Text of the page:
This symptom seems to be the least likely to happen. Since serotonin is most commonly called the “happy hormone,” how does it connect to gut health? Well, that’s because serotonin plays an essential part in digestion, however unlikely that might seem. Serotonin is released into the blood or the lumen of the gut. It inhibits gastric acid secretion and can be an endogenous enterogastrone. It appears to stimulate the production and release of gastric and colonic mucus.
But when serotonin levels are out of ordinary bounds, the gastric system is affected. Over time, too much serotonin increases the amount of fluid in the gut. It also speeds up the function of the stomach, which causes frequent or unpredictable diarrhea.
Vomiting is a symptom that also happens because serotonin levels are related to gut health. But this symptom can also appear because serotonin syndrome makes people nauseous. Serotonin is tasked to push out noxious or upsetting foods quickly. But the chemical also stimulated the part of the brain tasked with controlling nausea. That can only happen if the hormone levels are in normal bounds.
When you have levels of serotonin that are way too high, the functions to control nausea won’t work as they should. As a result, you will probably vomit or generally feel sick to your stomach.
7. Dilated Pupils
Dilated pupils are probably the most common and well-known symptom of serotonin syndrome. This is something that most people associate with illicit drug consumption. And while it’s true that illegal drugs lead to dilated pupils, that’s because serotonin levels increase. When dealing with serotonin syndrome, the same thing happens. Your pupils dilate because of how the hormone interacts with your body.
Serotonin plays a part in controlling the muscle groups around your irises. When serotonin levels are outside normal bounds, the hormone can’t correctly control the muscles. Thus, the muscles get looser, and the pupil gets bigger. Again, this is a mild symptom that will go away in days. But that doesn’t mean you aren’t suffering from a dangerous case.
8. Shivering and Sweating
Shivering and sweating are pretty common symptoms when dealing with serotonin syndrome. They do not result directly in an increase in serotonin levels. Instead, they are secondary effects of the condition. When dealing with serotonin syndrome, you will likely experience random muscle tremors and contractions. This, coupled with the changes in blood pressure, leads to fluctuations in body temperature.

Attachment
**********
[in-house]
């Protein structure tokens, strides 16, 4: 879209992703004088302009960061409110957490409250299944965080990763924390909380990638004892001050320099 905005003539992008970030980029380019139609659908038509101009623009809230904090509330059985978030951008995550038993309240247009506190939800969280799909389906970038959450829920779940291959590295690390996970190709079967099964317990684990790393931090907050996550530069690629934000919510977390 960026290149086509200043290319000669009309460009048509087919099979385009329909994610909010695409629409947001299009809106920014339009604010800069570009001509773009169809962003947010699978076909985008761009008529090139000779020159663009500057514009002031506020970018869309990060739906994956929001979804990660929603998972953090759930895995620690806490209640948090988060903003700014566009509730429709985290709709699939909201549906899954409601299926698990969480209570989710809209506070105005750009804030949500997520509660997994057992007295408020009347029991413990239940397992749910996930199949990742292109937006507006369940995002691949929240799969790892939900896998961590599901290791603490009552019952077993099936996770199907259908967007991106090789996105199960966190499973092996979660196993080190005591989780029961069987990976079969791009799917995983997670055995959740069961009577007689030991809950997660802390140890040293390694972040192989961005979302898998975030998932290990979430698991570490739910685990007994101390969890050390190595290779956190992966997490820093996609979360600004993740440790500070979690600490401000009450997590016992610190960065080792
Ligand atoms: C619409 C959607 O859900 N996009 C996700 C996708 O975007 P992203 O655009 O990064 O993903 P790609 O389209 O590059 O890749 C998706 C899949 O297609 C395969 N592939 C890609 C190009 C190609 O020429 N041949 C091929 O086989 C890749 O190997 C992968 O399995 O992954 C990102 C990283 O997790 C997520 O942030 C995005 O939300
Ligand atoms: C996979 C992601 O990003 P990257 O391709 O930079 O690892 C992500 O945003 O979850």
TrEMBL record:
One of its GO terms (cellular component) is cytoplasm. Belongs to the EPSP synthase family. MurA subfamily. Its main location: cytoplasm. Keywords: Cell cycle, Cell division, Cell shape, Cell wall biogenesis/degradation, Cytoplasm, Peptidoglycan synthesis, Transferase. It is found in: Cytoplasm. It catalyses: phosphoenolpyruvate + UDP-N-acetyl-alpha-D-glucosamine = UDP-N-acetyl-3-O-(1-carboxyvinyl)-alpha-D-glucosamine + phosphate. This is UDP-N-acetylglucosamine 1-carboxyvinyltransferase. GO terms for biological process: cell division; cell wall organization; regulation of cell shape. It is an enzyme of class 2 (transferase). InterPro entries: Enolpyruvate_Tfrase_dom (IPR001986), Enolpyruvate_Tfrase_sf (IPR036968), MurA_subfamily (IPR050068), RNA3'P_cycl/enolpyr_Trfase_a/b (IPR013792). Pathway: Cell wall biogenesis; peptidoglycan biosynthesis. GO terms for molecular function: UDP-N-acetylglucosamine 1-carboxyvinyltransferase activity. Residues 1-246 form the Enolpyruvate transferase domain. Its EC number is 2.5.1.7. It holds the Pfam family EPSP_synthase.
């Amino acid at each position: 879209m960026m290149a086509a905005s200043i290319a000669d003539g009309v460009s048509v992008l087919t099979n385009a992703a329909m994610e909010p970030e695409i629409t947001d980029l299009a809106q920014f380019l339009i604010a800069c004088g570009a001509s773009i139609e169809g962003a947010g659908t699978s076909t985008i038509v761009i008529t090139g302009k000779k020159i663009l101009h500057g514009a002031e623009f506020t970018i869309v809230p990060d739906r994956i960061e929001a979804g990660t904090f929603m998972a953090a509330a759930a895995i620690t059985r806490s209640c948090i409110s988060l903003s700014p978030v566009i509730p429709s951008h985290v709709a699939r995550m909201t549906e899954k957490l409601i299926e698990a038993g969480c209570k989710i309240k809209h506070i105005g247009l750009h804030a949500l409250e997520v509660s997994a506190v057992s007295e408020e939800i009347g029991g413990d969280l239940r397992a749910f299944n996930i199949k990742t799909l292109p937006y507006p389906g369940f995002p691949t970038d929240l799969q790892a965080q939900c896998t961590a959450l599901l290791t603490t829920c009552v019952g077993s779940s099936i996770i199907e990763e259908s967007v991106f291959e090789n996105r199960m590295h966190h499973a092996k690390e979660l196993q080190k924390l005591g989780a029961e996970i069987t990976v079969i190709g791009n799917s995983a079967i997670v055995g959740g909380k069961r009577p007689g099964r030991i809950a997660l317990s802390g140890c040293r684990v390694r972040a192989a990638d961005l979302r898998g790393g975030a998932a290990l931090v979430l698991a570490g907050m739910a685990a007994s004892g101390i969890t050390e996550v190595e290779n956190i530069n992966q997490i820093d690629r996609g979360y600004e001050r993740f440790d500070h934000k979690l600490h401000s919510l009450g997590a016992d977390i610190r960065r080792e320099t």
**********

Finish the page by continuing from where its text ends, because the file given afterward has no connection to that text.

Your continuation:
As you probably know, shivering and sweating are ways the body tries to regulate its body temperature. When you are too warm, your body sweats to cool you off. When you are too hot, your muscles contract to warm you up. Thus you start shivering. So, when dealing with serotonin syndrome, you will experience both sweating and shivering because your body temperature will fluctuate.
9. Muscle Twitching or Rigidity
Serotonin is a neuromodulator. That means it can change the rhythm and behavior of single cells in the nervous system. It can cause neurons to fire more often than they should. For example, a neuron might fire once every second. But, when serotonin is involved, it might fire ten times every second. Serotonin can affect motor neurons that are tasked with muscle contraction. So, when serotonin levels get too high, those motor neurons start firing more than they should. Thus, you can experience muscle twitching.
But serotonin doesn’t always cause twitching. Sometimes, the neurotransmitter confuses the motor neurons, even blocking their activity. Because of that, you can experience muscle pains and rigidity. This can lead to difficulty moving and reduced motion range.
Potentially one of the most life-threatening symptoms of serotonin syndrome is seizures. These seizures can be caused either by the combination of drugs you take or by other effects of the syndrome. For example, a high level of serotonin leads to a high fever. If left untreated, that fever can cause seizures. Again, because serotonin is a neurotransmitter, it can affect the nervous system and inhibit normal functions.
As the nervous system is affected, the chances are that random bursts of electromagnetic signals will affect and interrupt standard brain signals. As the standard connections between brain cells are severed, you risk experiencing seizures. Seizures can be lethal. But even when they are not, they still cause some damage. You risk losing consciousness and even passing out.
Final Thoughts on Some Signs of Serotonin Syndrome
Serotonin syndrome is a condition that doesn’t get the attention it should. It is pretty standard among people who take drugs for depression, anxiety, migraines, etc. Still, not many people know what this condition is and what dangers it poses.